Yet prices are rising. On the demand side, despite the lowering of its forecast, the IEA still expects China, India and other emerging economies to drive up worldwide demand by something like 2%. And many observers expect the cheques to be issued as part of President Bush's stimulus package to reach consumers by early summer, just in time to offset any pressure Americans might feel to cut down on petrol during the driving season.
Even more important are developments on the supply side. Markets were temporarily rattled when Venezuelan president Hugo Chavez threatened to cut off oil supplies to the US, despite the fact that America has about the only refineries capable of using his country's very low-grade crude, and that he is desperate for funds. But production in Venezuela continues to decline, as much-needed investment is diverted to Chavez's welfare projects. Also, some 10% of Nigeria's oil production has been cut off by rebels.
Most important of all, Opec, which accounts for about 40% of world output, refuses to lift its production ceiling, despite personal pleas to the Saudis from Bush. The Saudis seem to have adopted the "a friend in need is a pest" attitude. Opec fears an economic slowdown will cut into demand, and that the dollar will fall further, reducing the purchasing power its cartel members receive in return for their oil.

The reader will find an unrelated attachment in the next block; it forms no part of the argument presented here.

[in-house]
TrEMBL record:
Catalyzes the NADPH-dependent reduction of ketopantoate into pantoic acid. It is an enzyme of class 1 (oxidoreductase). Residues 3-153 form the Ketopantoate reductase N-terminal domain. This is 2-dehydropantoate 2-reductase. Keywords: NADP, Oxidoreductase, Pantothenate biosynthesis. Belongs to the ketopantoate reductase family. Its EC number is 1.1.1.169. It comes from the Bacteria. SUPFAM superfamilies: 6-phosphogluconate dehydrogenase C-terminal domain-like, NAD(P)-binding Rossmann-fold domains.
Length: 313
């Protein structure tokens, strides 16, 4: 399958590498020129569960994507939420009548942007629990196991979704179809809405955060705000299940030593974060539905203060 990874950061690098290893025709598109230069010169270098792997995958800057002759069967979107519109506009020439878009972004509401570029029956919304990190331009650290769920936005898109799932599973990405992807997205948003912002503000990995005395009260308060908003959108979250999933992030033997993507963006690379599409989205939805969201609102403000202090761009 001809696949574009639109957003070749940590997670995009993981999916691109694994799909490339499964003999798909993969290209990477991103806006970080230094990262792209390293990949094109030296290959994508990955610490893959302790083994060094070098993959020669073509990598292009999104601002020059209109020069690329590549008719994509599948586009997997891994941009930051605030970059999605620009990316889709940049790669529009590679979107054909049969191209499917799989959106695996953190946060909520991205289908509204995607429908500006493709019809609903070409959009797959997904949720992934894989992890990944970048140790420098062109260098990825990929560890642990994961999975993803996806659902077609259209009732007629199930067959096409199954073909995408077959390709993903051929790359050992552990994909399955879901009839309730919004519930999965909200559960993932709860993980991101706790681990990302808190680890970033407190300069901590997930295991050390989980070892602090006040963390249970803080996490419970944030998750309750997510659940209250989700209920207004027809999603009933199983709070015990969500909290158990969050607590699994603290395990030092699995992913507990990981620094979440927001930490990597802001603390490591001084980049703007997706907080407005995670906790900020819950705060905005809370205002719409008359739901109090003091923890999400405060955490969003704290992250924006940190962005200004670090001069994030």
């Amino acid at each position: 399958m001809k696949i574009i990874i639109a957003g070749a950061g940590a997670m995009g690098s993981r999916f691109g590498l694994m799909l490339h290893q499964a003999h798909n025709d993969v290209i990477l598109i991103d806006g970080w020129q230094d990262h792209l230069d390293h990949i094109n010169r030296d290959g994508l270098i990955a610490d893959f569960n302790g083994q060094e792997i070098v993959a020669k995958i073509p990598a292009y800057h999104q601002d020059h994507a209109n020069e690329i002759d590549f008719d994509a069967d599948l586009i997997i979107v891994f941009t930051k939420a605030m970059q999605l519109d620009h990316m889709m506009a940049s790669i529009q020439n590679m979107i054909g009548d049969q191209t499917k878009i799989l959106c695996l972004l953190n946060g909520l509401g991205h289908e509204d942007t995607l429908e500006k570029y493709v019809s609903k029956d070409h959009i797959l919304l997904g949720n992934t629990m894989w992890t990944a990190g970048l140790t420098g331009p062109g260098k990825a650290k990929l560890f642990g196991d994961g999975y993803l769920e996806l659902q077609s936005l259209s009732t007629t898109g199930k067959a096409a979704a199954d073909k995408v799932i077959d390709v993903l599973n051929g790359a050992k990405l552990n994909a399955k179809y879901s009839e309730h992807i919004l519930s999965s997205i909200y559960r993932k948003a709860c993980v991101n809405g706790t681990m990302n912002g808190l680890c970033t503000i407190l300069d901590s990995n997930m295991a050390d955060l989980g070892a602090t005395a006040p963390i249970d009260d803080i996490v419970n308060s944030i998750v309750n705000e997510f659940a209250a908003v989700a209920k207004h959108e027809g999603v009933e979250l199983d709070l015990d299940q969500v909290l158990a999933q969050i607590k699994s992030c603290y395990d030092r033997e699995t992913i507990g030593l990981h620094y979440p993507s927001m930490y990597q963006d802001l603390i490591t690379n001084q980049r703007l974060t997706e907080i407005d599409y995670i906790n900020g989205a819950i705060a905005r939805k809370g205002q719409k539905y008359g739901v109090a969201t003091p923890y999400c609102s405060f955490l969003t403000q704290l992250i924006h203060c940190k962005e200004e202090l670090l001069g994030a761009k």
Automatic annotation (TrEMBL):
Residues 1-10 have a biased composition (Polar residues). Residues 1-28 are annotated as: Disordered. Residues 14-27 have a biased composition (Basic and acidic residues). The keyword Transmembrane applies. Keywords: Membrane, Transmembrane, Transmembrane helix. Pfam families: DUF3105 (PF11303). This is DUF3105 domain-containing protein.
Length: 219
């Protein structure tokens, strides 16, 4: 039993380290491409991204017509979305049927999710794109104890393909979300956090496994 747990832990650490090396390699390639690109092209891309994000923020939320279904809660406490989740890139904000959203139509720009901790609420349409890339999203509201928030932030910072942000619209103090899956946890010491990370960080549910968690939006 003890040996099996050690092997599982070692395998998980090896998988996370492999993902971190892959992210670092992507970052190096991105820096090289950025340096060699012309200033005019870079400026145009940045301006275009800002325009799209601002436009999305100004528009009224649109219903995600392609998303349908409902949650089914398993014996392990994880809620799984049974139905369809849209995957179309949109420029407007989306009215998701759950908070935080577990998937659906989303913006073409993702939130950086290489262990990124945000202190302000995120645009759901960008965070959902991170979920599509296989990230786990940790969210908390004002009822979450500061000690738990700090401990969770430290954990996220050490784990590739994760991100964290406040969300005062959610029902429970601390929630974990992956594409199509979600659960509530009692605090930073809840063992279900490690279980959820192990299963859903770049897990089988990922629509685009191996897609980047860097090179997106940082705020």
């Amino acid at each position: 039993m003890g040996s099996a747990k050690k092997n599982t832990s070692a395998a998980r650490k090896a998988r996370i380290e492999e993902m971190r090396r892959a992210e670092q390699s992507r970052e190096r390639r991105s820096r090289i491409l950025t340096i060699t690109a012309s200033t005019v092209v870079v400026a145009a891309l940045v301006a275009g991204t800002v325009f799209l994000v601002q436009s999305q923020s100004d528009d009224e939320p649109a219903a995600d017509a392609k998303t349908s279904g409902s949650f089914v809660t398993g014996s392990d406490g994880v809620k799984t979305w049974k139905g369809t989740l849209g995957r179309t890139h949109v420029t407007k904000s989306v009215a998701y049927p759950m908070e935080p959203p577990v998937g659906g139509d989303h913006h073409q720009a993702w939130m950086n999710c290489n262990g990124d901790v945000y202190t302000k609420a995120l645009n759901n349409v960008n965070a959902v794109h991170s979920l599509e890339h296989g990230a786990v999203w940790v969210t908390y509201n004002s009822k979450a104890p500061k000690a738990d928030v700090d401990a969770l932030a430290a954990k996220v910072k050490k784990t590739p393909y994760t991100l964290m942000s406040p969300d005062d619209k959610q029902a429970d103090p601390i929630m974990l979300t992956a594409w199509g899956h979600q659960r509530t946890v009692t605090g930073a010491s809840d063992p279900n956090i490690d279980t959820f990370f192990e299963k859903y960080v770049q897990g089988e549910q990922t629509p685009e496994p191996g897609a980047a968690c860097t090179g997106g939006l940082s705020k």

The longer-term problem stems from the refusal of many nations to open their oilfields to exploration and development by western firms. With high prices producing as much money as even the producing countries can reasonably spend and invest, they have no compelling need to bring new supplies to market. Besides, if they want to increase the flow of cash, they can always insist on renegotiating the deals signed with western countries, giving credence to the observation that a contract with an oil-producing country is the first round in a negotiation.
At last, the good news. Last week a leading investment banker told me that his firm's clients were making money, had good cash flows, and were earning about 20% returns on their businesses. Businessmen I talk with, though concerned about what might lurk just round the corner, report healthy sales and satisfactory profits. I can't help feeling that the health of the firms on the sharp edge of the economy tells us more about our future than the problems of accident-prone bankers and investors who forgot how to price risk.
Irwin Stelzer is a Senior Fellow and Director of Economic Policy Studies for the Hudson Institute. He is also the U.S. economist and political columnist for The Sunday Times (London) and The Courier Mail (Australia), a columnist for The New York Post, and an honorary fellow of the Centre for Socio-Legal Studies for Wolfson College at Oxford University. He is the founder and former president of National Economic Research Associates and a consultant to several U.S. and United Kingdom industries on a variety of commercial and policy issues. He has a doctorate in economics from Cornell University and has taught at institutions such as Cornell, the University of Connecticut, New York University, and Nuffield College, Oxford.